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  • José Luis Villegas /

    José Luis Villegas Giants closer Sergio Romo celebrates after inducing the last out in Mexico's victory over the United States on Friday in Phoenix.

  • José Luis Villegas /

    Angel Mendez (Mexico) of Mesa, Ariz., and Joe Strongoli (United States) and Aaron Duncan, both of Phoenix, cheer for their teams during Friday night's game between the United States and Mexico.

  • José Luis Villegas /

    Angel Mendez (above) of Mesa, Ariz., and Joe Strongoli (far left) and Aaron Duncan, both of Phoenix, cheer for their teams during Friday night's game between the United States and Mexico. José Luis Villegas

U.S. loses its WBC opener to Mexico

Published: Saturday, Mar. 9, 2013 - 12:00 am | Page 1C
Last Modified: Saturday, Mar. 9, 2013 - 10:57 pm

PHOENIX – The night began with two anthems. It saw flags draped over suite balconies and shoulders. It heard baseball Commissioner Bud Selig speak longingly about the "internationalization" of baseball. And it ended with Team USA losing its opening game of the World Baseball Classic 5-2 to Mexico.

Four batters in, U.S. starter R.A. Dickey, the reigning National League Cy Young winner, trailed 2-0 against a Mexico team that seemed to have little trouble tracking his signature knuckleball. Adrian Gonzalez, the American-born Dodgers first baseman, delivered the night's loudest blow with a soaring two-run homer off Dickey in the third inning.

Meanwhile, a star-studded Team USA lineup managed only two RBI singles by David Wright and Eric Hosmer and became the first U.S. team to lose its opener in three WBCs. Sergio Romo, the Giants' closer, pitched a scoreless ninth to earn the save for Mexico, a night after throwing 26 pitches against Italy.

The United States continues opening-round play tonight against upstart Italy, which is 2-0 in Pool D after beating Canada on Friday. The top two teams from four WBC pools advance to the double-elimination second round, with the last four standing reaching the championship round March 17-19 at AT&T Park in San Francisco.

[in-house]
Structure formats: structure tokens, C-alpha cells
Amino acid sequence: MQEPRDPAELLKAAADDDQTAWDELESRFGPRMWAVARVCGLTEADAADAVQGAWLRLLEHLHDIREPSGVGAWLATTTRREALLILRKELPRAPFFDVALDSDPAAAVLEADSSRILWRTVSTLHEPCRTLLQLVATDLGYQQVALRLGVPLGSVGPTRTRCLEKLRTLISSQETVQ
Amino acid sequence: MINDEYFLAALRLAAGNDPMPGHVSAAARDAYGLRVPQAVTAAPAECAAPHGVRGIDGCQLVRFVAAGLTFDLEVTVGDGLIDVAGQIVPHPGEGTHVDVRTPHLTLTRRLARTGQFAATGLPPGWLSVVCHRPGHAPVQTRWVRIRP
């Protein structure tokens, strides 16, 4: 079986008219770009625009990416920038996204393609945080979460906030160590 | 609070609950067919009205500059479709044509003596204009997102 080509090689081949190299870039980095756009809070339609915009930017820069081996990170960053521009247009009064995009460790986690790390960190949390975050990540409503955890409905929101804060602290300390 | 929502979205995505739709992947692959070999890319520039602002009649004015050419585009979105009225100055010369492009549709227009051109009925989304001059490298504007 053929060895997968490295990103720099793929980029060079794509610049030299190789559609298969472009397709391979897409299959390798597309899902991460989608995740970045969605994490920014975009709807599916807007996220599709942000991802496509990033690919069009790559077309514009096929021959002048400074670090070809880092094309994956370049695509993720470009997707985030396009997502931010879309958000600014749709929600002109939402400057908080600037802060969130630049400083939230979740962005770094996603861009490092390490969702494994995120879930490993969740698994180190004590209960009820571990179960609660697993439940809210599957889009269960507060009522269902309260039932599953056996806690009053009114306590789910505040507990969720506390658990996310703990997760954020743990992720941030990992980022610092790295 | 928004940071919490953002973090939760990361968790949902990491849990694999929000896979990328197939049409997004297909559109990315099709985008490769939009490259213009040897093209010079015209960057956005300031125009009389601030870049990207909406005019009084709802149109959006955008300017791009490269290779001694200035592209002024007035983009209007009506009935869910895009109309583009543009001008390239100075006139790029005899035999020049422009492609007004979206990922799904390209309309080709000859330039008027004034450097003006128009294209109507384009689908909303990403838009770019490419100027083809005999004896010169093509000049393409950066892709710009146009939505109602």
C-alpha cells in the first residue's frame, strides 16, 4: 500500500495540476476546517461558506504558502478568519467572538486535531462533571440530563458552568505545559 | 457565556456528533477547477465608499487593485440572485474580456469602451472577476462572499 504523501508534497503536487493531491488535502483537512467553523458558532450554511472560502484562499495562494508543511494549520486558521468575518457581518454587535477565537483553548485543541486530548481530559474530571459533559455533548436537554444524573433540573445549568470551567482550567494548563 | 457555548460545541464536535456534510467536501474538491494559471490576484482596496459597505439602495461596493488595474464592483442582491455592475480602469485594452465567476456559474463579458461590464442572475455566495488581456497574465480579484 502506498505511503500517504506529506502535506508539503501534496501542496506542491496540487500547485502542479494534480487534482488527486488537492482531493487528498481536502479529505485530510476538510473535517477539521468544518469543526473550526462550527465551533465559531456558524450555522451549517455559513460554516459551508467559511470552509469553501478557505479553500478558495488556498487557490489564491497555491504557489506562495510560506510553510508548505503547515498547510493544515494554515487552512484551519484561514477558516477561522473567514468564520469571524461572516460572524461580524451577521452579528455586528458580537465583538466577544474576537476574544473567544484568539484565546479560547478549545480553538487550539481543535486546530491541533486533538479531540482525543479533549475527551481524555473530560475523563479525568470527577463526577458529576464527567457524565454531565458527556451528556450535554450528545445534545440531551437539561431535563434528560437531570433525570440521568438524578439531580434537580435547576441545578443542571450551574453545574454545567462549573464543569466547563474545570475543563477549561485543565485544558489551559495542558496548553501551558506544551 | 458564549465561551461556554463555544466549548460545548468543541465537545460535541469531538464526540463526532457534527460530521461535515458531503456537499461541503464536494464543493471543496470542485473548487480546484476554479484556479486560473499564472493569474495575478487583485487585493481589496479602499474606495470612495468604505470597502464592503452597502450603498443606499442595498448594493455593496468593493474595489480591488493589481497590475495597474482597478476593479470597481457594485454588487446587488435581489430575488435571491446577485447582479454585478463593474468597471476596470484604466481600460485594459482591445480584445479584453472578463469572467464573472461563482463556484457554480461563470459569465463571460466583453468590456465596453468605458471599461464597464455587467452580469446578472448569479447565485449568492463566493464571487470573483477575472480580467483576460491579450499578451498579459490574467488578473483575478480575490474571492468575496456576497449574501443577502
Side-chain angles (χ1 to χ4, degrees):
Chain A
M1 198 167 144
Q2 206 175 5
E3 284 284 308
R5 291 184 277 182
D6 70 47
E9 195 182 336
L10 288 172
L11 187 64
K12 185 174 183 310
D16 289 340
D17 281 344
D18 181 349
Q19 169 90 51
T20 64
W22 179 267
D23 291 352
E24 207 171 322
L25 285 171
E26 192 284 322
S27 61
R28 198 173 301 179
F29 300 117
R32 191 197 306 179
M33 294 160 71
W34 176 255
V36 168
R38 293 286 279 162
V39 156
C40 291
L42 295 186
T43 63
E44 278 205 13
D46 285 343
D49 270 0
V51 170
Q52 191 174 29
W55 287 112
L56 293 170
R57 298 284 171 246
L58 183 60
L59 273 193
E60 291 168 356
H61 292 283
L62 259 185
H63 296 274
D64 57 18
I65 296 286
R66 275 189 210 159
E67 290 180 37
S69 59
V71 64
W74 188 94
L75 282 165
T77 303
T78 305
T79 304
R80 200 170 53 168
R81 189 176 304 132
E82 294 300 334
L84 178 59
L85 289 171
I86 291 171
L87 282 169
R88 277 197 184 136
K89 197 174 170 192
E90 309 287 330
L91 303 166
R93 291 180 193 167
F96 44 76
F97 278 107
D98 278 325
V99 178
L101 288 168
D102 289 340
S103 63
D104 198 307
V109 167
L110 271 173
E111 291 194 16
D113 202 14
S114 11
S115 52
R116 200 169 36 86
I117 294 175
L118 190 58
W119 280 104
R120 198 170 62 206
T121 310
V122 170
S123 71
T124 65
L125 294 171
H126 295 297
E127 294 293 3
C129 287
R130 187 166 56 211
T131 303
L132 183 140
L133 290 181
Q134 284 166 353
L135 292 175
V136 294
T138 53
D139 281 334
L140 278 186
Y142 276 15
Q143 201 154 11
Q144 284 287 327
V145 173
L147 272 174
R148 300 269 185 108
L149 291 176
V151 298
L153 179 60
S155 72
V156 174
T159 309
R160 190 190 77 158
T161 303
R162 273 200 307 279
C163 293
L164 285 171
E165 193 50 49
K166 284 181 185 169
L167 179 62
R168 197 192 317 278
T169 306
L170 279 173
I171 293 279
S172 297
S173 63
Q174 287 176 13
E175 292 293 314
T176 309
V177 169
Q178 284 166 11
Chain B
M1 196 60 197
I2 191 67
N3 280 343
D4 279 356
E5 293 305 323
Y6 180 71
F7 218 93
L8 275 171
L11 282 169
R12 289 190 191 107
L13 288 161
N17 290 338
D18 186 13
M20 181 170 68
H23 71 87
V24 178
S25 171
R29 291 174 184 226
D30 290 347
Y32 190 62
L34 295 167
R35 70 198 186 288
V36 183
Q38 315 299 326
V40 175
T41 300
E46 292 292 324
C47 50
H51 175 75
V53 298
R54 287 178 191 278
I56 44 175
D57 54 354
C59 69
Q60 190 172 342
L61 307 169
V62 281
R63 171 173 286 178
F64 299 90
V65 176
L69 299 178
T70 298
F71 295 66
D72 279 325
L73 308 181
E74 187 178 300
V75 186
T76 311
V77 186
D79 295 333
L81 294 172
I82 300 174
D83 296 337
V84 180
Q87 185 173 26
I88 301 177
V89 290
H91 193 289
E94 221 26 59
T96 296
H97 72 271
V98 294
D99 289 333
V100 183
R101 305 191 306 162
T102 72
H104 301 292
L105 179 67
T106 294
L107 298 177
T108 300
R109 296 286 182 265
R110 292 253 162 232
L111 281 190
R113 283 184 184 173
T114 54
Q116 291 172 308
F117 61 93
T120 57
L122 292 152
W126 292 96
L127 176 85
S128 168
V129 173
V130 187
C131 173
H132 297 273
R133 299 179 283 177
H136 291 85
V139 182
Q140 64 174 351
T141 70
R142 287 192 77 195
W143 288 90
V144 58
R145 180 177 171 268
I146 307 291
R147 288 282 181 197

The United States reached the championship round four years ago but lost to two-time champion Japan in the semifinals. The U.S. road back got more complicated Friday. In addition to winning its next two games, the United States must worry about run differential, which is used as a tiebreaker if teams finish the opening round with identical records.

"In this format, one game, it just takes a better pitching performance, a better offensive performance, and that's exactly what Mexico did today," said Wright, the U.S. and Mets third baseman. "It's like a Game 7 attitude."

Eduardo Arredondo led off the game by lining Dickey's first pitch for a single. Ramiro Pena laced a double to right, Luis Cruz drove in Arredondo with a sacrifice fly, Gonzalez plated Pena on a soft ground ball to second base, and the United States trailed 2-0 before sending a hitter to the plate.

Arredondo singled again to lead off the third and scored when Gonzalez crushed a 2-1 pitch from Dickey off the wall in center field. Umpires reviewed the play and ruled the ball hit to the right of the yellow line marking balls in play, making it a home run.

"Baseball's baseball, and in tournament play, talent does not always win," Dickey said. "That's just the way it is. So you've got to bring every inning what you can bring, and today I wasn't able to do it to the best of my capability."

With an opening-round 65-pitch limit in effect, Mexico starter Yovani Gallardo earned the win despite departing in the fourth inning with two on and one out. Wright singled off reliever Luis Mendoza to drive in Jimmy Rollins for the Americans' first run. Hosmer singled with two outs in the eighth to score Ryan Braun and make it a three-run game. But Giancarlo Stanton's deep fly ball to right field died at the warning track.

During the game, Selig held an impromptu news conference in which he trumpeted the progress the WBC has made in bringing baseball to a wider global audience.

" … Internationalization of the sport is really the goal," he said. " … If we do it right, you won't recognize the sport in a decade."

Selig said he envisions a "real World Series" in which champions from different countries play one other.

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